Saturday, June 7, 2014

Regulating CO2 emissions and firm competitiveness

EPA announced this week the Clean Power Plan to reduce carbon emissions of coal fired power plants by 30% by 2030 (relative to 2005 levels).  It has created a lot of discussion with environmental groups praising it as an overdue step and some business pointing to the cost of such regulation.

One thing to note is that EPA was smart enough in giving states a lot of flexibility in meeting the 30% reduction.  In general, more flexibility should allow regulated plants to meet the goal in the most cost effective way. Max Auffhammer called this the Yoga Theorem, i.e., the "less flexible you are, the more you will suffer," which I can personally relate to (you don't want to see me stretch).

Most of the research we have talked about on this blog has estimated the effects of increasing temperatures that are caused by elevated CO2 levels (or other greenhouse gases like methane). Having spent so much time on the benefit side of greenhouse gas regulation (avoided damages), it might be interesting to look at some research on the cost side of such regulation. As any student of econ 101 remembers, in the optimum one should balance the costs of regulation against the benefits.

Making a factor of production (coal) more expensive will have two effects: first, there will be a shift away from coal, which will be especially felt in regions that rely on coal production (e.g., West Virginia).  While electricity generation has been shifting from coal to natural gas even before the regulation was implemented, the regulation will likely accelerate this transition. So there will be losers compared to the stays quo (one could also argue that coal has an unfair advantage in the status quo as it imposes a sizable unpriced externality, which makes a factor of production artificially cheap).

The best research on the cost of environmental regulation is a recent paper by Reed Walker, where he compares wages of individuals that work in industries in a county that are subject to tougher regulation under a the revised ozone standard compared to workers who work in the same county in industries that are not covered by the more stringent regulation. The combined loss in wages are sizable (5 billion in present discounted value), but order(s) of magnitude lower than the estimated benefits.  The largest cost incur to people that used to work in firms that are subject to tougher regulation and loose their jobs - once they find a new job wages tend to be lower for up to eight years.  Workers who stay at regulated firms see no drop in wages.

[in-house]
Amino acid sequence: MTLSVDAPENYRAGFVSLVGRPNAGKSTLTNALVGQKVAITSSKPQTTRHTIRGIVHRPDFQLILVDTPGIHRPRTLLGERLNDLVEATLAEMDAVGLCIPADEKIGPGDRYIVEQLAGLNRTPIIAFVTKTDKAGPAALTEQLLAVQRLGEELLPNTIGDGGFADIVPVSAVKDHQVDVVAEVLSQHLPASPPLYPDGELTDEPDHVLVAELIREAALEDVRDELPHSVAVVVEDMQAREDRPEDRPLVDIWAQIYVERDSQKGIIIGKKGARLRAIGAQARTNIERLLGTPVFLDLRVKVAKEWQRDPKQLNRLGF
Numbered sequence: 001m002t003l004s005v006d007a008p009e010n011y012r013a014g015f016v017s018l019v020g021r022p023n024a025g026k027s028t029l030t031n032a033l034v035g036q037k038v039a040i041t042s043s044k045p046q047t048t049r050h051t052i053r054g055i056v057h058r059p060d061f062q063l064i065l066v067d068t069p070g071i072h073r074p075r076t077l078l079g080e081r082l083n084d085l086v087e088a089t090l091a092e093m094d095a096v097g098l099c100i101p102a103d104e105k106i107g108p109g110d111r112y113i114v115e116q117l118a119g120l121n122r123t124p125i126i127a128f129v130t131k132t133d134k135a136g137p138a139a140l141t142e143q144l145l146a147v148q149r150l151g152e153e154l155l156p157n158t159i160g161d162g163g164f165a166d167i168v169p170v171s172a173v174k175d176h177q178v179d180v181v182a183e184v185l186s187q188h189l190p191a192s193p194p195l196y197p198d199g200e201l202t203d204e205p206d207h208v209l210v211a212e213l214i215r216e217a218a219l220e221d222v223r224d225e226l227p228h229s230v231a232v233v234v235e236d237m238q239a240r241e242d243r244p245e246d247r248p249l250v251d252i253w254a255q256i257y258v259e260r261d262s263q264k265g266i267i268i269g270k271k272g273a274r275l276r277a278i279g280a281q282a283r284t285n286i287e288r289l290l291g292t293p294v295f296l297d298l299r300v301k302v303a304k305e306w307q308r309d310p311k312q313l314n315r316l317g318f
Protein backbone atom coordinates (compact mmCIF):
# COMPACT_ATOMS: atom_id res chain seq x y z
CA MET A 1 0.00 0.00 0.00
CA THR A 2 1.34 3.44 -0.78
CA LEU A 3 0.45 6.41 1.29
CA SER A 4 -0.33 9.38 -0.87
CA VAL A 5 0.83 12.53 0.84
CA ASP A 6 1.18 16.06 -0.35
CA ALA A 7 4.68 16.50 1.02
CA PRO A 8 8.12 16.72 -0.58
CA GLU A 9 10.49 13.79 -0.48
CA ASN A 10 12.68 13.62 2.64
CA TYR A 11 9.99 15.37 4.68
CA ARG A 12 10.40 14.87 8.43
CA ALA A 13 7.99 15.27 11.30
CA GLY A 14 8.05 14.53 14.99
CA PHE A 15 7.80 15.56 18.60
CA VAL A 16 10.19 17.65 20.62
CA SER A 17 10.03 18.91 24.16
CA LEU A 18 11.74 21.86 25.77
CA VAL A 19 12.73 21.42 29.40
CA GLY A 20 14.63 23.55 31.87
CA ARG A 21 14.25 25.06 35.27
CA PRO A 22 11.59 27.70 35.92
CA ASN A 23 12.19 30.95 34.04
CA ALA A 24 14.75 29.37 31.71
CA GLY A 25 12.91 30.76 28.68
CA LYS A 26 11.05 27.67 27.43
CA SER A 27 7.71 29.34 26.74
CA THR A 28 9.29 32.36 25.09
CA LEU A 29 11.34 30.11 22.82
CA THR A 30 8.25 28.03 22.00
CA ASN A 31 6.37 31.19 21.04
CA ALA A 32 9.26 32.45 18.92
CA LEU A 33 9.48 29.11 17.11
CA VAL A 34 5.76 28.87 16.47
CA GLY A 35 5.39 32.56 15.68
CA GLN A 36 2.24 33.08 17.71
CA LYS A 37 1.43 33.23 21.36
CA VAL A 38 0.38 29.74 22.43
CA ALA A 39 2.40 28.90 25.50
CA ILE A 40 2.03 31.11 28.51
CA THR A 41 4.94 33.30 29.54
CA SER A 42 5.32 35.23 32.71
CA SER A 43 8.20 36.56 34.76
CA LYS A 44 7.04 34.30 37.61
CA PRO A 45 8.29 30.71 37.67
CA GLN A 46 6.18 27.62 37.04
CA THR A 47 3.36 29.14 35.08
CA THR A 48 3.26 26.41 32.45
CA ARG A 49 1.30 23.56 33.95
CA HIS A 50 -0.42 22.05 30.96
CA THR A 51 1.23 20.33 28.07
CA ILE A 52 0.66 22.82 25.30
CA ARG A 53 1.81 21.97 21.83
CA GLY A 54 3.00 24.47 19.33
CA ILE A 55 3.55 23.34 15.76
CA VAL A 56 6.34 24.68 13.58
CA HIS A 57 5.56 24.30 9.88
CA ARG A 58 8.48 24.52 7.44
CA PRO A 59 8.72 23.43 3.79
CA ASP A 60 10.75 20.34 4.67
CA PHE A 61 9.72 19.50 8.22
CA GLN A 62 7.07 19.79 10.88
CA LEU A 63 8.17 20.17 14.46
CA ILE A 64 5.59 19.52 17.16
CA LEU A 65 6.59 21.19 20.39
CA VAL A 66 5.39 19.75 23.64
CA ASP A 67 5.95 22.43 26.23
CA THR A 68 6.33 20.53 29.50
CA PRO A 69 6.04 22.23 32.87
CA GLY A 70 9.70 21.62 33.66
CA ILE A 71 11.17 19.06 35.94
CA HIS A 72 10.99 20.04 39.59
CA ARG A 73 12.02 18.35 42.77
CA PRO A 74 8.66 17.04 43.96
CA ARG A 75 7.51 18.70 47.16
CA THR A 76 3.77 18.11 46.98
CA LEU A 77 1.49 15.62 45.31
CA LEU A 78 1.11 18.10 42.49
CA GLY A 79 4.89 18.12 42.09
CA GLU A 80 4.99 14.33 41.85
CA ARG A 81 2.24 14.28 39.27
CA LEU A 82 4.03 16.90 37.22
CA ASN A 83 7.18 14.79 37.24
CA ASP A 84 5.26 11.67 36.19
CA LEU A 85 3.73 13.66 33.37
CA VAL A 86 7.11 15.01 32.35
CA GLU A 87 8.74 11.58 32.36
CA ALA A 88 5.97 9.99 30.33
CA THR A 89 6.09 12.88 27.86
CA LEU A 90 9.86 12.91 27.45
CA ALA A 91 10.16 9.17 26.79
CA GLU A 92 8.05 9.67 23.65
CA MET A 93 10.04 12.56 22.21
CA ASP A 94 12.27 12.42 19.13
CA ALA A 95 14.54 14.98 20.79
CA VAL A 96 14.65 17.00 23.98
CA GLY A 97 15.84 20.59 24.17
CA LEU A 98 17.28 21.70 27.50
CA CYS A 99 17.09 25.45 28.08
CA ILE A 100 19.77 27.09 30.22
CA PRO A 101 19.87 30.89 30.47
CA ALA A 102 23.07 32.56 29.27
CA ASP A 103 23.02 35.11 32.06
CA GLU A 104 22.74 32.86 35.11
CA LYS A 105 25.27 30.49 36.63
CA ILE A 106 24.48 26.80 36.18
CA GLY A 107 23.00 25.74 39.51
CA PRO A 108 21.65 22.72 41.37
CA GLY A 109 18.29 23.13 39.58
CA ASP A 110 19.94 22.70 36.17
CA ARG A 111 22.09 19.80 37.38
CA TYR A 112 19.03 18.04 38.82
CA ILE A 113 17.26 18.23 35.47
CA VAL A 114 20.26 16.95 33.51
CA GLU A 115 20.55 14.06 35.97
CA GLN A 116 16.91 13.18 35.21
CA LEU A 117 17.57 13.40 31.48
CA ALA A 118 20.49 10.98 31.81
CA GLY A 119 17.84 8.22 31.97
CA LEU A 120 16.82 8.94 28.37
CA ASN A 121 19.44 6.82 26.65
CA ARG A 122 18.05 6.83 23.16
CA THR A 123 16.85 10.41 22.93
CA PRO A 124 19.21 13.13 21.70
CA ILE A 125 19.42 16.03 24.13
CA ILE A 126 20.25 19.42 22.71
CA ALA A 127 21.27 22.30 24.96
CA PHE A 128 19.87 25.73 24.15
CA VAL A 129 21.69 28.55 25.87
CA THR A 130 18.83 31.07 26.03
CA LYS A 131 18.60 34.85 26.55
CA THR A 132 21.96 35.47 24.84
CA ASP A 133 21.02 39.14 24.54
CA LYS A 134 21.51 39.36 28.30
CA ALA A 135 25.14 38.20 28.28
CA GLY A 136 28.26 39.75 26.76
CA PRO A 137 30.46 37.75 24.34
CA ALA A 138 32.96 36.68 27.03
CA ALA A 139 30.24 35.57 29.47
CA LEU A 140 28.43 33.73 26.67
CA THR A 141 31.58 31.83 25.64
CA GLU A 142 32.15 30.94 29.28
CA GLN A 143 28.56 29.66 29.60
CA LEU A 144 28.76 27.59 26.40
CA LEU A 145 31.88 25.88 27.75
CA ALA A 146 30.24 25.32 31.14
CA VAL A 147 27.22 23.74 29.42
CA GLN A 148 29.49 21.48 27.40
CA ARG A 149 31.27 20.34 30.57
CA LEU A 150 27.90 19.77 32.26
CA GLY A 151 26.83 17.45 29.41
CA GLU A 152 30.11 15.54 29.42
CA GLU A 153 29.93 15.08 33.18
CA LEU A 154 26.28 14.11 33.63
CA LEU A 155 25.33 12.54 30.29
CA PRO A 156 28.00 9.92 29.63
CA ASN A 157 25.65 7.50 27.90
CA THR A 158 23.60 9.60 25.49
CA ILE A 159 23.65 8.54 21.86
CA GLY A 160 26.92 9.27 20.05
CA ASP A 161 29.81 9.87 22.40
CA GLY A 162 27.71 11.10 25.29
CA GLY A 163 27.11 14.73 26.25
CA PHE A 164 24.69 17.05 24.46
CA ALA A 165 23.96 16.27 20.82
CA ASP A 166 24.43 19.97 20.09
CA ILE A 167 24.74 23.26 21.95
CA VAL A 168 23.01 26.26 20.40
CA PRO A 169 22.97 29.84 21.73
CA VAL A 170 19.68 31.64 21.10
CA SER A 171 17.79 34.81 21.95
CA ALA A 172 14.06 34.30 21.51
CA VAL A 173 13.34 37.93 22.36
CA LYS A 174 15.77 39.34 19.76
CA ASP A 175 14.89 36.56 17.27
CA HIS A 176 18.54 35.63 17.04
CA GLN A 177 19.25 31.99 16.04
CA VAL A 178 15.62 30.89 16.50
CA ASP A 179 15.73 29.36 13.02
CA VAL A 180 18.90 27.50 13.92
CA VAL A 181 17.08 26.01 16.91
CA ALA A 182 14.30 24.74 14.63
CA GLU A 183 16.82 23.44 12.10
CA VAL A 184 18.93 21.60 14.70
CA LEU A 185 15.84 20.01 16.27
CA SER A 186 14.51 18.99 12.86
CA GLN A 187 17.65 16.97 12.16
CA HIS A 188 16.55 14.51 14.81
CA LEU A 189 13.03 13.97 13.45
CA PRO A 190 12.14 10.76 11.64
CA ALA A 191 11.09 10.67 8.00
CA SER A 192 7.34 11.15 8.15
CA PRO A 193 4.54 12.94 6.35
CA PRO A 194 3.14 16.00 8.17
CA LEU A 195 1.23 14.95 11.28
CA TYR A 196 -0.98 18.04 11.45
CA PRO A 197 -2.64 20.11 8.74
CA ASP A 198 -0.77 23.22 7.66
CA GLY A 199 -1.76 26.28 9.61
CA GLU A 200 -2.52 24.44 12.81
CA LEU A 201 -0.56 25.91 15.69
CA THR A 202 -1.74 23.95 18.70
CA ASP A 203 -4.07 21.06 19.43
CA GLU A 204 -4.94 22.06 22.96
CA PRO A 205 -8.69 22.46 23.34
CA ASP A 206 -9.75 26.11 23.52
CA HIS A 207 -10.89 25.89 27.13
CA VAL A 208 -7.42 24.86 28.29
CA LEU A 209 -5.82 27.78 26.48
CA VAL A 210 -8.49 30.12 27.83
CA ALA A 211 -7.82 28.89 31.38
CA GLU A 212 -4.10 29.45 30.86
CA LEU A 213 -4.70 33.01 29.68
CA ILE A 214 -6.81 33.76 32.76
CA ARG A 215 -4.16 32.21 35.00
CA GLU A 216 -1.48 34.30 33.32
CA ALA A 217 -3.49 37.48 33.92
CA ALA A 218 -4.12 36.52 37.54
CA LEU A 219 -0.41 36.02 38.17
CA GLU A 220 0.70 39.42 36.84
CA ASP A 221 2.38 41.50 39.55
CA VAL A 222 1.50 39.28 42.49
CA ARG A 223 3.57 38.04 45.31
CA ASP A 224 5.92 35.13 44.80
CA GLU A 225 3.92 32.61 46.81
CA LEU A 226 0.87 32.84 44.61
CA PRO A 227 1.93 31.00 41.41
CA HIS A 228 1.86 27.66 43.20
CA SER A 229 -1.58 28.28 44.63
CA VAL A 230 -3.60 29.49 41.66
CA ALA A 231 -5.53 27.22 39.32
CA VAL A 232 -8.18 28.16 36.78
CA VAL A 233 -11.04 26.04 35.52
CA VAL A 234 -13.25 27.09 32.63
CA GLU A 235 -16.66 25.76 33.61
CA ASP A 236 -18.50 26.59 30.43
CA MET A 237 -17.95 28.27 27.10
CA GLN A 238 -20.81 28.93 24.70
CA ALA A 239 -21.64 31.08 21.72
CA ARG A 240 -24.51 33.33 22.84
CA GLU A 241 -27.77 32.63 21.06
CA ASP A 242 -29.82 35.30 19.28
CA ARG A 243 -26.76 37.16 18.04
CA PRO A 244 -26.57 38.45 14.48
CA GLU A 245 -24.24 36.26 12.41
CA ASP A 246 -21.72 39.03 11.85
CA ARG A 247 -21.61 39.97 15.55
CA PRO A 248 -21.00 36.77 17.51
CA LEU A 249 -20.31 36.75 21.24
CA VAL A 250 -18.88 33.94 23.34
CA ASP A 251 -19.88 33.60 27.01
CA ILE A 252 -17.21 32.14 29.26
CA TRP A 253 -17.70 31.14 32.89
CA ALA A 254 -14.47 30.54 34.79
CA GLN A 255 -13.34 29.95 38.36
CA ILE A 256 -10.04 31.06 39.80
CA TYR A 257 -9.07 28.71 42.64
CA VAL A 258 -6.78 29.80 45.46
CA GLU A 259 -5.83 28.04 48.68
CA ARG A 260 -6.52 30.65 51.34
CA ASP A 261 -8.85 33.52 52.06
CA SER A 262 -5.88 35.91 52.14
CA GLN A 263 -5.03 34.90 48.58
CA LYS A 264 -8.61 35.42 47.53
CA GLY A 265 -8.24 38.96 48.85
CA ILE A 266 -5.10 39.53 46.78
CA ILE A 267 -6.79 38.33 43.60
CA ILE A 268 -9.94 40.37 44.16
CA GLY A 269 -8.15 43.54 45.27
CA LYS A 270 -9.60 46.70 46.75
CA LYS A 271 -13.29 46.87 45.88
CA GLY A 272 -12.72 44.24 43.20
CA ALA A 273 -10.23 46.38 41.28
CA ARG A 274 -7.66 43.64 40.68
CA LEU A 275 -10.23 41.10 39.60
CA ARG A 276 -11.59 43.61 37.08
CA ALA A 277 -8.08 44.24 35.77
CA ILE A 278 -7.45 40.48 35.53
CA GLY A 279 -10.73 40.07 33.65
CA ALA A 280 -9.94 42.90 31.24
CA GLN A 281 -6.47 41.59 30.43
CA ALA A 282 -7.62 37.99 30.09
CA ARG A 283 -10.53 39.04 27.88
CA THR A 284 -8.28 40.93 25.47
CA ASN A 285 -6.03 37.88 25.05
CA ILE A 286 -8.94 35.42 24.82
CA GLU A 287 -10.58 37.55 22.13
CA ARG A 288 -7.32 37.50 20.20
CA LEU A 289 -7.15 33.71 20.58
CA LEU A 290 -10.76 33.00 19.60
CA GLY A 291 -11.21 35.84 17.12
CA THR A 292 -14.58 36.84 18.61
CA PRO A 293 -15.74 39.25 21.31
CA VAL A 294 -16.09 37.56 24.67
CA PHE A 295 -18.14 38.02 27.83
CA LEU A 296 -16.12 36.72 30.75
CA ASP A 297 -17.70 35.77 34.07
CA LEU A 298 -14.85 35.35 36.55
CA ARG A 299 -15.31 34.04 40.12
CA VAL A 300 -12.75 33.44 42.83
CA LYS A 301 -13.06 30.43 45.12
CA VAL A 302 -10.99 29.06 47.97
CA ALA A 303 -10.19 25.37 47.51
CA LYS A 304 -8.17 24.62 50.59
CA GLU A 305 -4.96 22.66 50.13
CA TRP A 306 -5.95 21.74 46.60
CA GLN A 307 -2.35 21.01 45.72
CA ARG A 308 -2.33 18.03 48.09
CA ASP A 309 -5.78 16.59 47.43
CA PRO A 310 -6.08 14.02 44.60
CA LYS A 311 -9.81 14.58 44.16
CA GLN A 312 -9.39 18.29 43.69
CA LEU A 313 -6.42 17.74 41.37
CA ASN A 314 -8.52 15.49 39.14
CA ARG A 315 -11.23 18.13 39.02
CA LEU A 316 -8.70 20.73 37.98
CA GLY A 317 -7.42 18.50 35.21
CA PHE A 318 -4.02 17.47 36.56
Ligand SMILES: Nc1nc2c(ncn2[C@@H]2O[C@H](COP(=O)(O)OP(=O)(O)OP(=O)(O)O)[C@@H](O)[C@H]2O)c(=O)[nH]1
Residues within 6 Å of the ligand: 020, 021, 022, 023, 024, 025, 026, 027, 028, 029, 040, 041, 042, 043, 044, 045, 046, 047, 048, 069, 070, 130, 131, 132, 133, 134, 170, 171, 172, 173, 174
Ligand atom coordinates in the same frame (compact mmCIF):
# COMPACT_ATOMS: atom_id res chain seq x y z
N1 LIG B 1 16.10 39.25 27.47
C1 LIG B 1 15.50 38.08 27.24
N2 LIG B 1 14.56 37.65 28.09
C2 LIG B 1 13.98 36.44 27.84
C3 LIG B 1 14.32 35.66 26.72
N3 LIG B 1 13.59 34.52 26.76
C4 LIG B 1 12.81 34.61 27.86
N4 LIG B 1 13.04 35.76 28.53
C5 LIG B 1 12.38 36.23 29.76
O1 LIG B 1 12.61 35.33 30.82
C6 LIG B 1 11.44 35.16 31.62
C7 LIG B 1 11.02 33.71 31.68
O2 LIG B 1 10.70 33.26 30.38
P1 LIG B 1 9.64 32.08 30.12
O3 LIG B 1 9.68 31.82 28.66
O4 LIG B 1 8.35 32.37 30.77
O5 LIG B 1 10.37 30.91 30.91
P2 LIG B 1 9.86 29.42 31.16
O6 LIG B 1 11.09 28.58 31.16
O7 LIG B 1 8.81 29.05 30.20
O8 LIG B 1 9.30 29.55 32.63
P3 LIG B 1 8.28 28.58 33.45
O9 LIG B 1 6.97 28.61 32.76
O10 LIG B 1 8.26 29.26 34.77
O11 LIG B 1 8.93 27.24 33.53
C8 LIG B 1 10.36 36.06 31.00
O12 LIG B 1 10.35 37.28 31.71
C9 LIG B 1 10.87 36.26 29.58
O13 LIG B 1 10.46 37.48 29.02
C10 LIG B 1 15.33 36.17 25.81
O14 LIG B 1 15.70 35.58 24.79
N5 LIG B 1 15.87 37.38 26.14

Second, regulating coal will make production that uses electricity (pretty much all production) more expensive as electricity prizes might rise as a result of the regulation.  How big is this second effect? We have some evidence from Europe, where the European Trading System (ETS) created a market for carbon credits.  Similar to the EPA regulation that only covers coal-fired power plants, ETS only covered a subset of firms.  This offers some nice way for researchers to compare regulated and unregulated firms.

Sebastian Petrick and Ulrich Wagner have a great new paper that uses firm-level data from firms in Germany and compares what happens to firms that are regulated under ETS by matching them to comparable firms that were not regulated.  Not surprisingly, regulated firms reduce emissions by 20% more than unregulated firms (the regulation is effective), but there seems to be no reduction in competitiveness of regulated firm, i.e., they find no reduction in employment, gross output, or exports.

In summary, my best guess is that the carbon regulation will have very little effect on overall competitiveness or employment in the US as a whole, but will be felt in some regions that heavily rely on coal.

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